Lately I’ve seen a lot of heated debates regarding the introduction of paid addons for Blender in the Blender Market.
Here are a few of the best available :
- Contour a retopology tool
- BakeTool a tool to bake…
- MotionTool a node based animation system
- AssetSketcher a productivity tool to paint video game assets on a scene
- WeightLifter record mesh characteristics to vertex groups
So some are afraid of the recent profusion of paid addons and whether or not it ‘betray’ the spirit of the GPL/FLOSS while others gladly welcome more robust tools and are happy that a percentage of the sales goes directly to the Blender Foundation thus founding Blender.
What’s your take on this ?
I certainly didn’t see so many well developed scripts when money wasn’t involved (except Bsurfaces which was kind of paid also…).
Live & Learn
Personally I feel ambigous about this.
I agree with your view on pushing Blender toward professionals as a good thing.
Seems the subject pop more often than I thought.
Live & Learn
I think the Blender Market is a great initiative.
I’ve personally paid (a small amount) for the development of a Blender feature a long time ago, thanks to the initiative of Olivier Meunier. This feature is now part of the core of Blender.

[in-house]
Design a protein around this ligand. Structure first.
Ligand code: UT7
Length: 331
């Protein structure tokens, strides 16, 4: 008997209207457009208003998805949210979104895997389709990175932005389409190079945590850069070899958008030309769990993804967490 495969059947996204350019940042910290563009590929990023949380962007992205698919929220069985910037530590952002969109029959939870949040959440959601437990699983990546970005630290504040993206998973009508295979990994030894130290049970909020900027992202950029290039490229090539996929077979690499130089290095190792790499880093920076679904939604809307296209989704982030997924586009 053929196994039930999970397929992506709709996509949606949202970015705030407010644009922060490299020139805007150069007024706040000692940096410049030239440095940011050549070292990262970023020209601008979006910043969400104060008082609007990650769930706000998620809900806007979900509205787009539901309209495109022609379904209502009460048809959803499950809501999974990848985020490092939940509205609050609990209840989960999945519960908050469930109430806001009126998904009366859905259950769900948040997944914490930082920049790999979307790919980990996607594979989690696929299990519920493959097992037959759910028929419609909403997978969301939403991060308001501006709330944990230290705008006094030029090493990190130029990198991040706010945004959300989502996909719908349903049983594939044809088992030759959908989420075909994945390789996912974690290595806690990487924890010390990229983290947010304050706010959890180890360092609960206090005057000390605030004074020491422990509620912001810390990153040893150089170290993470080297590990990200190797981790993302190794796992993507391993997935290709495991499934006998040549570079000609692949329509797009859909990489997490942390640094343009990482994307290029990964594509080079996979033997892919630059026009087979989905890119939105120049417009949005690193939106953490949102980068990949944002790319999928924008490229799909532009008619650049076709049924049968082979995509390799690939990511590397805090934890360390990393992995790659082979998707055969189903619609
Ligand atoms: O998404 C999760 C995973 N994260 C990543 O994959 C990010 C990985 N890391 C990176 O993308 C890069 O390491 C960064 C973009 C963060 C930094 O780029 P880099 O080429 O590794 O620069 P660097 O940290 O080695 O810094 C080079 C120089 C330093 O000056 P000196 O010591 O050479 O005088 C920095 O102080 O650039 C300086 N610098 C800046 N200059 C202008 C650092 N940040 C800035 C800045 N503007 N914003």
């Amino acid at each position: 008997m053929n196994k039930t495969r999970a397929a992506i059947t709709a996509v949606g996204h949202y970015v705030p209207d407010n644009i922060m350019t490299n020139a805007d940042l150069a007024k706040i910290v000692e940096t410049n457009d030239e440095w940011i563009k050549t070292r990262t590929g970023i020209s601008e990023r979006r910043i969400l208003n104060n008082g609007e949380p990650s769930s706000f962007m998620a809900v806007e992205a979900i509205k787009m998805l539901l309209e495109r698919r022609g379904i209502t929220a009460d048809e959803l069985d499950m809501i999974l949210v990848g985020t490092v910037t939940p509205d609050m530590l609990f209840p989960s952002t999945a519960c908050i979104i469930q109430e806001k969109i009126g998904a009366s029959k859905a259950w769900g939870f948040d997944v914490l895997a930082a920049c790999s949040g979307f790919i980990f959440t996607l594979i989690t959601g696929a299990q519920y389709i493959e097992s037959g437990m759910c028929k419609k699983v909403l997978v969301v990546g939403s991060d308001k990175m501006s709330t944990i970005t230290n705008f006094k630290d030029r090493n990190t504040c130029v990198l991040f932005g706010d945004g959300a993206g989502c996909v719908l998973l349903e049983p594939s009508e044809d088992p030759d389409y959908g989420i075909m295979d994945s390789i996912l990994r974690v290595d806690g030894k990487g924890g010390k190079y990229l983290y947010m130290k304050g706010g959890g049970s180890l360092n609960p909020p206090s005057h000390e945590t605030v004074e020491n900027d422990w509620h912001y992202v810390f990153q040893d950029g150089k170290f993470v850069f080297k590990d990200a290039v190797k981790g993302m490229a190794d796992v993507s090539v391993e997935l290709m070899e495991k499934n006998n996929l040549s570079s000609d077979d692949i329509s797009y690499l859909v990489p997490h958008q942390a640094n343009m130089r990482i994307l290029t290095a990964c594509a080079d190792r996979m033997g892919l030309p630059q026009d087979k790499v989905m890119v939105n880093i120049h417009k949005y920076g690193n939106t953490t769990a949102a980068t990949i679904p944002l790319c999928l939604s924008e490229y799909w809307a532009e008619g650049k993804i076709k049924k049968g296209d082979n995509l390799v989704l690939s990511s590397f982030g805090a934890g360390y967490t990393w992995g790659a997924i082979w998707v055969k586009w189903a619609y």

And any person wanting to invest in an open source software and that has a bit of money to put in it should do it. There is bug bounties, crowdfunding, donations, t-shirts, and many ways to give back.
That said, and since all these addons are available under GPL license, there is no reason that people with no money should not access it. The license authorizes this. Which means, for example, that the BBUG members could each put a bit of money in a basket, and then buy all together with that money any addons they want to share with the rest of the community for free. This is totally legal.
Of course, there might be a conflict here. If for example, you can download the addon for free off of BBUG, while you have to pay for it on CGCookie. We might think that in the end, we would kill CGCookie’s business. Maybe. Maybe not. Maybe people who want to support the development of it would go on CGCookie and just sunday amateurs would come to BBUG to test it, but never use it in a commercial context. Or the other way around.
Anyway, this is a choice that has been already made by the use of the license. Anyone wanting to contribute to Blender has to use the GPL, and for that, has to allow their code to be distributed freely.
So it’s not really a question about should CGCookie charge for addons or not, because we can set up quite easily a clone that would distribute all this for free. It’s more about, should the users of Blender invest in the development of their tools. And I guess that’s what CGCookie encourages.
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